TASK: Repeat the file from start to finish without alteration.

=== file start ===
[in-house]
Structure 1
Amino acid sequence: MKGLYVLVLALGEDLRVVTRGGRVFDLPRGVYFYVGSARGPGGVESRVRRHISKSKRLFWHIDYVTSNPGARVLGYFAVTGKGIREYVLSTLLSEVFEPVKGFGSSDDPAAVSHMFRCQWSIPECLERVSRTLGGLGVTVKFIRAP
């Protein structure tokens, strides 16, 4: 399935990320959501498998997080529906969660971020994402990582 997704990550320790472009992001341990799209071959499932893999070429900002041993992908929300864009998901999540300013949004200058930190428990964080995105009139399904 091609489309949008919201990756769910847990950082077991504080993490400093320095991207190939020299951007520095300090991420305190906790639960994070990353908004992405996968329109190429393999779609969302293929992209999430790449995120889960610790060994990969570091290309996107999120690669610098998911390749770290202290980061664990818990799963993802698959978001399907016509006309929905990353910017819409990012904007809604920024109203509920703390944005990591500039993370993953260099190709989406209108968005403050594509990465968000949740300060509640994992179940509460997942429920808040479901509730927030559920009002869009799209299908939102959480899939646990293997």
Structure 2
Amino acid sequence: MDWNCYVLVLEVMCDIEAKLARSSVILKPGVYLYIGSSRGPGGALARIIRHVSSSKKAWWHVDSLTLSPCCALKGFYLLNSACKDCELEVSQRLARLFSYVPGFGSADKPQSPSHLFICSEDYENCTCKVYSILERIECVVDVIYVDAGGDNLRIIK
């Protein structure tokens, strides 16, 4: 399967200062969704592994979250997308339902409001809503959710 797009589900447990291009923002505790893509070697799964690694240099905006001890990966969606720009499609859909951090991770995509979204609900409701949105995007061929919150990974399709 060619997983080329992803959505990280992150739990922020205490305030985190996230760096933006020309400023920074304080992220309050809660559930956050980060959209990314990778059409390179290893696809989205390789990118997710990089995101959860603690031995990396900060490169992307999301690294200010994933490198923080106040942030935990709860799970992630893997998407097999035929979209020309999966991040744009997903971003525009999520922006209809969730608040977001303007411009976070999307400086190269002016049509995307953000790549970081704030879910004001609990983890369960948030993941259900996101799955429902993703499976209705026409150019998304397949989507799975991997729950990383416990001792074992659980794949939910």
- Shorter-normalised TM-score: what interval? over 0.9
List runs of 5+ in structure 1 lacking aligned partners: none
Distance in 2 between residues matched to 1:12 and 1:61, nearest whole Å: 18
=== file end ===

[in-house]
Structure 1
Amino acid sequence: MKGLYVLVLALGEDLRVVTRGGRVFDLPRGVYFYVGSARGPGGVESRVRRHISKSKRLFWHIDYVTSNPGARVLGYFAVTGKGIREYVLSTLLSEVFEPVKGFGSSDDPAAVSHMFRCQWSIPECLERVSRTLGGLGVTVKFIRAP
């Protein structure tokens, strides 16, 4: 399935990320959501498998997080529906969660971020994402990582 997704990550320790472009992001341990799209071959499932893999070429900002041993992908929300864009998901999540300013949004200058930190428990964080995105009139399904 091609489309949008919201990756769910847990950082077991504080993490400093320095991207190939020299951007520095300090991420305190906790639960994070990353908004992405996968329109190429393999779609969302293929992209999430790449995120889960610790060994990969570091290309996107999120690669610098998911390749770290202290980061664990818990799963993802698959978001399907016509006309929905990353910017819409990012904007809604920024109203509920703390944005990591500039993370993953260099190709989406209108968005403050594509990465968000949740300060509640994992179940509460997942429920808040479901509730927030559920009002869009799209299908939102959480899939646990293997």
Structure 2
Amino acid sequence: MDWNCYVLVLEVMCDIEAKLARSSVILKPGVYLYIGSSRGPGGALARIIRHVSSSKKAWWHVDSLTLSPCCALKGFYLLNSACKDCELEVSQRLARLFSYVPGFGSADKPQSPSHLFICSEDYENCTCKVYSILERIECVVDVIYVDAGGDNLRIIK
């Protein structure tokens, strides 16, 4: 399967200062969704592994979250997308339902409001809503959710 797009589900447990291009923002505790893509070697799964690694240099905006001890990966969606720009499609859909951090991770995509979204609900409701949105995007061929919150990974399709 060619997983080329992803959505990280992150739990922020205490305030985190996230760096933006020309400023920074304080992220309050809660559930956050980060959209990314990778059409390179290893696809989205390789990118997710990089995101959860603690031995990396900060490169992307999301690294200010994933490198923080106040942030935990709860799970992630893997998407097999035929979209020309999966991040744009997903971003525009999520922006209809969730608040977001303007411009976070999307400086190269002016049509995307953000790549970081704030879910004001609990983890369960948030993941259900996101799955429902993703499976209705026409150019998304397949989507799975991997729950990383416990001792074992659980794949939910």
- Shorter-normalised TM-score: what interval? over 0.9
List runs of 5+ in structure 1 lacking aligned partners: none
Distance in 2 between residues matched to 1:12 and 1:61, nearest whole Å: 18